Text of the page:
Doable or dodgy? A look at Doug McCallum’s swing-for-the-fences Surrey stadium pledge

Doug McCallum’s promise of a stadium that would seat 60,000 people if re-elected as mayor has quickly become the focal point of Surrey’s municipal election. Monika Gul reports opponents are questioning the promise but one expert says the idea isn’t that absurd.

It’s the talk of Metro Vancouver — Surrey Mayor Doug McCallum’s pledge to build a 60,000-seat stadium if he wins re-election.

And while many have dismissed it as a laughable proposal — especially online — some experts have their own ideas about the promise.

Andy Yan is the director of SFU’s City Program and says for a growing city and region, the idea of a big stadium in Surrey is worth taking seriously, though perhaps 60,000 seats may be pushing it.

“I think it really touches upon the sizable amount of growth that occurs in terms of population in the area south of the Fraser. ” Yan said. “It’s a population that will need a level of social and cultural infrastructure.”

Yan points out Surrey will likely have a population larger than Vancouver at some point, though likely not as quickly as the half-decade suggestion McCallum made as a partial justification when making the pledge.

But it is a reality that at some point in the future, Surrey might be the region’s largest city.

“In one way, while folks are having their fun talking about it on social media, there is a very serious discussion about the kind of layout of regional facilities, of where they are located, and how they best serve audiences and the people of metropolitan Vancouver,” Yan said.

But for sports economist Moshe Lander with Concordia University, it just doesn’t make sense.

“A 60,000-seat stadium for what, precisely? I know BC Place is old and it’s cavernous, but come on,” Lander said. “60,000 seats for what? A bunch of [BC] Lions home games? They don’t fill the existing stadium right now. To get a once-a-decade Grey Cup? They don’t fill the stadium for the Grey Cup. So, what exactly are we talking about? And the price tag on a 60,000-seat stadium has got to be running into the billions of dollars right now.”

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Then there’s the question of where the money will come from. If this were to go ahead, a stadium of this scale would likely require a big partner through a senior level of government or through a private investor.

“If you have a billionaire that shows up, or a bunch of companies that want to go as a conglomerate and say, ‘We feel that there’s a business case here’…. Hey, then Surrey should be bending over backward to bring them into the fold here,” Lander said. “But if we’re talking about a mayoral candidate who says that ‘I want to take taxpayer money,’ and use it for this, there is almost no circumstance I can think of where that’s going to pay itself off.”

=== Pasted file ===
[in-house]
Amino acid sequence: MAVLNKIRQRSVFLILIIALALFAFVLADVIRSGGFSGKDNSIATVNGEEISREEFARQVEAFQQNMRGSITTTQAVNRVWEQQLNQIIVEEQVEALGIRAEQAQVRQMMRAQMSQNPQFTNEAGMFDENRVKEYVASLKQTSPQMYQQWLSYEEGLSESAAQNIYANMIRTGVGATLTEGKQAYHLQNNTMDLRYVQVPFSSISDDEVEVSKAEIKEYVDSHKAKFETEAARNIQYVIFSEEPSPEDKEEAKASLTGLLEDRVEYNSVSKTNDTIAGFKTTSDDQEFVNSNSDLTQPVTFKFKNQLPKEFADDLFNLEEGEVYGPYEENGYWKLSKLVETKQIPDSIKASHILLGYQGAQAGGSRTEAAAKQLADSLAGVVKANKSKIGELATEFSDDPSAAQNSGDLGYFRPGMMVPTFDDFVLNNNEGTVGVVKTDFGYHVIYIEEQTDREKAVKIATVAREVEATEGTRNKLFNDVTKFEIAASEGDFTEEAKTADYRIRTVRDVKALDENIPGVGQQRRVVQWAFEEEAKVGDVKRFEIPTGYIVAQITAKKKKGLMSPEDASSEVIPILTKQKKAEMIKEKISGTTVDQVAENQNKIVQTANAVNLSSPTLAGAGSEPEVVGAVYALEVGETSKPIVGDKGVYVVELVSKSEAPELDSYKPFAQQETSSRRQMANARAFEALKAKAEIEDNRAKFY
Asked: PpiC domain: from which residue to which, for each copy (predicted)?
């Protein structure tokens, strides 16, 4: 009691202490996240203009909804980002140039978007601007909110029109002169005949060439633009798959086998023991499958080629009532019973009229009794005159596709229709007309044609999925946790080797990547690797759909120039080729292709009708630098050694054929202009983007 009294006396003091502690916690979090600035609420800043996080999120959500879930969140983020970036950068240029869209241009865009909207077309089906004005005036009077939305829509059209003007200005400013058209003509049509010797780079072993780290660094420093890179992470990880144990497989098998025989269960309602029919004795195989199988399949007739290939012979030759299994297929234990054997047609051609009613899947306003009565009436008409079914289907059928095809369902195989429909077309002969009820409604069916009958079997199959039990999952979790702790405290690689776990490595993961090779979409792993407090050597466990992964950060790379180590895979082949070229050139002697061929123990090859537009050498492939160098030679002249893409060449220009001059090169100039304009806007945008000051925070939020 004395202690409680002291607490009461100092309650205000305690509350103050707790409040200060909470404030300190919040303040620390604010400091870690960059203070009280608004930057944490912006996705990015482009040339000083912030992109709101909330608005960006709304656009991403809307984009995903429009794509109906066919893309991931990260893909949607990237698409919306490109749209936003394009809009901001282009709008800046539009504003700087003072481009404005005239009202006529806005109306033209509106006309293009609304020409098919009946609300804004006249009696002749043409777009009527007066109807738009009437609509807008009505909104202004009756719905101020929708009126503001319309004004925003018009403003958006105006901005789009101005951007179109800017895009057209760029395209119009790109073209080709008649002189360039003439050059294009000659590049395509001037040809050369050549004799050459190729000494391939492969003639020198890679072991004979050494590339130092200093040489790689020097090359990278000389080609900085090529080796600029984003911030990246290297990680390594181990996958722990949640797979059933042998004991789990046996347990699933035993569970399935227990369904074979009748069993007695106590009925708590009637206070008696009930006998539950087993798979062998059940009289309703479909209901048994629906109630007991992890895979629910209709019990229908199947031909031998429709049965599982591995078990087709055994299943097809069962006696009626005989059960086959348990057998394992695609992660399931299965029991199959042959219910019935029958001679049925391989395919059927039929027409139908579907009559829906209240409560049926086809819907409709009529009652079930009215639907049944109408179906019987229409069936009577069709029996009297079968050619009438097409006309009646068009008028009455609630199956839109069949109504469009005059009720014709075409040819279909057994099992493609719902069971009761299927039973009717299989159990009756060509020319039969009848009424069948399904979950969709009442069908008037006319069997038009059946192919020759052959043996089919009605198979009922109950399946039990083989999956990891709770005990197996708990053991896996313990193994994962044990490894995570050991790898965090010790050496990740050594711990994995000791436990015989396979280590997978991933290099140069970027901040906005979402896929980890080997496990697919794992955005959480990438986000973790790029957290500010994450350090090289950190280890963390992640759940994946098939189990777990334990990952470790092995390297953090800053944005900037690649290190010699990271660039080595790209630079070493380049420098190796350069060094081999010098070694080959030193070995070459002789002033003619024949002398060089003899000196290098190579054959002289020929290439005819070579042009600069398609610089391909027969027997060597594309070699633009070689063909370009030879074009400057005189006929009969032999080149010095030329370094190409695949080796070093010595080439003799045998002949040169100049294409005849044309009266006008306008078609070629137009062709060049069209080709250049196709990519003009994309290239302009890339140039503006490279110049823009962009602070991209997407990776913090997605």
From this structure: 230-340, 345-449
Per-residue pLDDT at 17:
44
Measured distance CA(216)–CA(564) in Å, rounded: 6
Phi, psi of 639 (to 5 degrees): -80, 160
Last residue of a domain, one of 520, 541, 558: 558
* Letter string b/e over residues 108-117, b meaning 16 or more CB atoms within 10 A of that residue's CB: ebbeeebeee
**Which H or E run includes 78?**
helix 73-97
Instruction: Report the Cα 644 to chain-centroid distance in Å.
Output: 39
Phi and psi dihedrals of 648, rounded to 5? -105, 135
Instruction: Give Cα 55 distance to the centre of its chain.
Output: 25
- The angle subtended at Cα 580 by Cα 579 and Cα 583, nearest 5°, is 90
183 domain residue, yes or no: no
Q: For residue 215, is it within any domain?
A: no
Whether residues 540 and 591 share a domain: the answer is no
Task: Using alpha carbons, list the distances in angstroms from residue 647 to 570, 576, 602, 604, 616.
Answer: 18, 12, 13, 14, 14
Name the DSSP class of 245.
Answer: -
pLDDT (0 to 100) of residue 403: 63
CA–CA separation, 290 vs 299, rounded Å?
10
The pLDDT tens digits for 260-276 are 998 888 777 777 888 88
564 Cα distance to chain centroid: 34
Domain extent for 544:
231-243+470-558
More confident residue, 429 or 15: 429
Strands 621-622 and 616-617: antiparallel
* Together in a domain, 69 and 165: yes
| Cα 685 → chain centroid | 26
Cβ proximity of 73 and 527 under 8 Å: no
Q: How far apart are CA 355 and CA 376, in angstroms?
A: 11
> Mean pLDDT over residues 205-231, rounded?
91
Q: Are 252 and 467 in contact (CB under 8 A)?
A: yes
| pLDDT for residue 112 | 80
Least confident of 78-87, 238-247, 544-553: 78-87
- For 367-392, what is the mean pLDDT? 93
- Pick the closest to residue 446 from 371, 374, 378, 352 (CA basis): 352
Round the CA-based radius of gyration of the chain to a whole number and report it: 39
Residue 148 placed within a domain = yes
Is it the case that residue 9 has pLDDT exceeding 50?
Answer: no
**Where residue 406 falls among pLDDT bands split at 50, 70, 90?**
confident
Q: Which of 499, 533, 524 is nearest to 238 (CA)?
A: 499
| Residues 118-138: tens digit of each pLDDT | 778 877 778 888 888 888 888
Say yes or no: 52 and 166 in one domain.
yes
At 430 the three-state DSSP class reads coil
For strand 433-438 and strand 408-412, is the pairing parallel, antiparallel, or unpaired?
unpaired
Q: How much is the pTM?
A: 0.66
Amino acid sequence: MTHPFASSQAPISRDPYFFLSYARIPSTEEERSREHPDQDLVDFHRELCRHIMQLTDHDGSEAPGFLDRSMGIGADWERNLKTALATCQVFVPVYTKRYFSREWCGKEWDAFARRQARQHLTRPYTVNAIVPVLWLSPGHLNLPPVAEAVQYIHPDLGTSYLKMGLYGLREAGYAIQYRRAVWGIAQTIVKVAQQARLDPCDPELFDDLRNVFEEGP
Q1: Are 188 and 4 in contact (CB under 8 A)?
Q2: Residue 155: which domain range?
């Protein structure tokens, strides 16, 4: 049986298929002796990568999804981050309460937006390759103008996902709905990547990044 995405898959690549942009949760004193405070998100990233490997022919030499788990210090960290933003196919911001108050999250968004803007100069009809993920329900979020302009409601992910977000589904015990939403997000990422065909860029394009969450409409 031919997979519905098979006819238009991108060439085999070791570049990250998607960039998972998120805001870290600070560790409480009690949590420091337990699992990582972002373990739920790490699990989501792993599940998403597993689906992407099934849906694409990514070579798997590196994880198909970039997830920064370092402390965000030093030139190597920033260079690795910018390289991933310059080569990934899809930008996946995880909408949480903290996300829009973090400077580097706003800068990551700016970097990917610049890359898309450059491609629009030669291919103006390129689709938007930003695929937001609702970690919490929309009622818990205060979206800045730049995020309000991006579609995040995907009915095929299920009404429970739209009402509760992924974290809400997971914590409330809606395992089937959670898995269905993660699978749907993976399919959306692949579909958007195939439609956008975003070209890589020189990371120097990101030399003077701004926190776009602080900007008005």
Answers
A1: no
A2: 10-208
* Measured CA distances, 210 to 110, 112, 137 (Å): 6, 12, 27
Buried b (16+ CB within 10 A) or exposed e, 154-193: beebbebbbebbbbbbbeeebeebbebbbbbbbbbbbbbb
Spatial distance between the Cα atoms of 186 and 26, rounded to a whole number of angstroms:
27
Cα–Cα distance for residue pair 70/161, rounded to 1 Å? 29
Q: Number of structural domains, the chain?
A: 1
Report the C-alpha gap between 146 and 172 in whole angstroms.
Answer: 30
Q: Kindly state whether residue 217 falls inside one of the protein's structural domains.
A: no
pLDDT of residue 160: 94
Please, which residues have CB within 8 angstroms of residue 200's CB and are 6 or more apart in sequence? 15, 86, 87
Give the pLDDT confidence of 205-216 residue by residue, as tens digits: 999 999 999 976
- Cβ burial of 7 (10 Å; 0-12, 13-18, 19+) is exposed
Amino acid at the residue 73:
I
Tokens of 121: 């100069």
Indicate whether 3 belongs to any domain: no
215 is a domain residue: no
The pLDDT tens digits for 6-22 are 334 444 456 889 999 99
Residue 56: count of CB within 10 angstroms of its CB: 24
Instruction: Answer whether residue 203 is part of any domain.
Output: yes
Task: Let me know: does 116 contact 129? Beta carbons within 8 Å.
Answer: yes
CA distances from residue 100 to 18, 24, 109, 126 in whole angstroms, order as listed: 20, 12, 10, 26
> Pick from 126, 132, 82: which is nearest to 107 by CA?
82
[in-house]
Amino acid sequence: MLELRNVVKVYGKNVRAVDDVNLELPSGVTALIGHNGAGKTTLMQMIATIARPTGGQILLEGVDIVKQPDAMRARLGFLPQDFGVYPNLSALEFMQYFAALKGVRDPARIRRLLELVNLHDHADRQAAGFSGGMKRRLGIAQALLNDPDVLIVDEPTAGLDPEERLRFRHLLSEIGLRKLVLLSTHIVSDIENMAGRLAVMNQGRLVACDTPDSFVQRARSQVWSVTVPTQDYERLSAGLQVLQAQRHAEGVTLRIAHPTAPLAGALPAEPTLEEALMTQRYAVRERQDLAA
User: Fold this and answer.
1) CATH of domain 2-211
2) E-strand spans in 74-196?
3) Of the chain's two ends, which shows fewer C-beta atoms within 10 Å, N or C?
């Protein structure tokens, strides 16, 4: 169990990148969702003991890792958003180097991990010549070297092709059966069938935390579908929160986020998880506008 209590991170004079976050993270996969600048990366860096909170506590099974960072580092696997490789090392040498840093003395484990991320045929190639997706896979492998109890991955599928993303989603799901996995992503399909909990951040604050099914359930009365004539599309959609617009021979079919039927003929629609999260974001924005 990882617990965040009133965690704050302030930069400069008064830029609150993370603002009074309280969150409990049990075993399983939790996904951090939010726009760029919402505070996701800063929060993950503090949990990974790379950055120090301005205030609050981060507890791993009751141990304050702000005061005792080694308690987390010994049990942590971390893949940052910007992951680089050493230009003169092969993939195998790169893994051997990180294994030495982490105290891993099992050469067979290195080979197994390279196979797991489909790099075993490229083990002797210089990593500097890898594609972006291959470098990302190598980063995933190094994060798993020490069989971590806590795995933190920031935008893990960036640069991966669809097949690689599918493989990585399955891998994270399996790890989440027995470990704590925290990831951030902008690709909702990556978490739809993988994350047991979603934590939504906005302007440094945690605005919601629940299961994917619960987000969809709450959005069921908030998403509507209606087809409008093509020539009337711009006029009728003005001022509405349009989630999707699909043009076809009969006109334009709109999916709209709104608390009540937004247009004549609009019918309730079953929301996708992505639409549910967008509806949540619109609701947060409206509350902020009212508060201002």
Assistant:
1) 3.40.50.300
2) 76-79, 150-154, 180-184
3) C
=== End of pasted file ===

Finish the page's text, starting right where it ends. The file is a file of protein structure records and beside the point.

Ultimately, Yan believes these kinds of discussions about major projects in Surrey and the Fraser Valley more broadly will start to become more commonplace as the population grows.

“You have to remember, 75 per cent of the people who live in metropolitan Vancouver live outside the City of Vancouver, and you’ve seen the kind of changes that have occurred in those communities,” Yan said. “I think this is part of, I hope, a healthy conversation around where Surrey is going and growing, and really how fundamentally most population projections will see Surrey as being larger than Vancouver at a particular time in the future. Now, how many years into the future? We’ll see.

“At the same time, as that city grows, it is really going to need an economic base, its needs a civic and cultural infrastructure to really meet that growing community.”

Regardless of what you think of the stadium proposal, Yan urges us all to get out for the municipal vote on October 15.

As for the other parties competing for power in Surrey, United Surrey mayoral candidate Sukh Dhaliwal has said the proposal is “unworkable and unaffordable,” saying McCallum doesn’t have the “money, mandate or mettle to make his fantasy a reality.”

Similarly, Surrey First mayoral candidate Gordie Hogg has suggested a stadium like this would be a “white elephant” that would saddle taxpayers with massive debt.

Surrey Forward’s candidate Jinny Sims and Surrey Connect candidate Brenda Locke have also dismissed the project both for its cost and impracticality.

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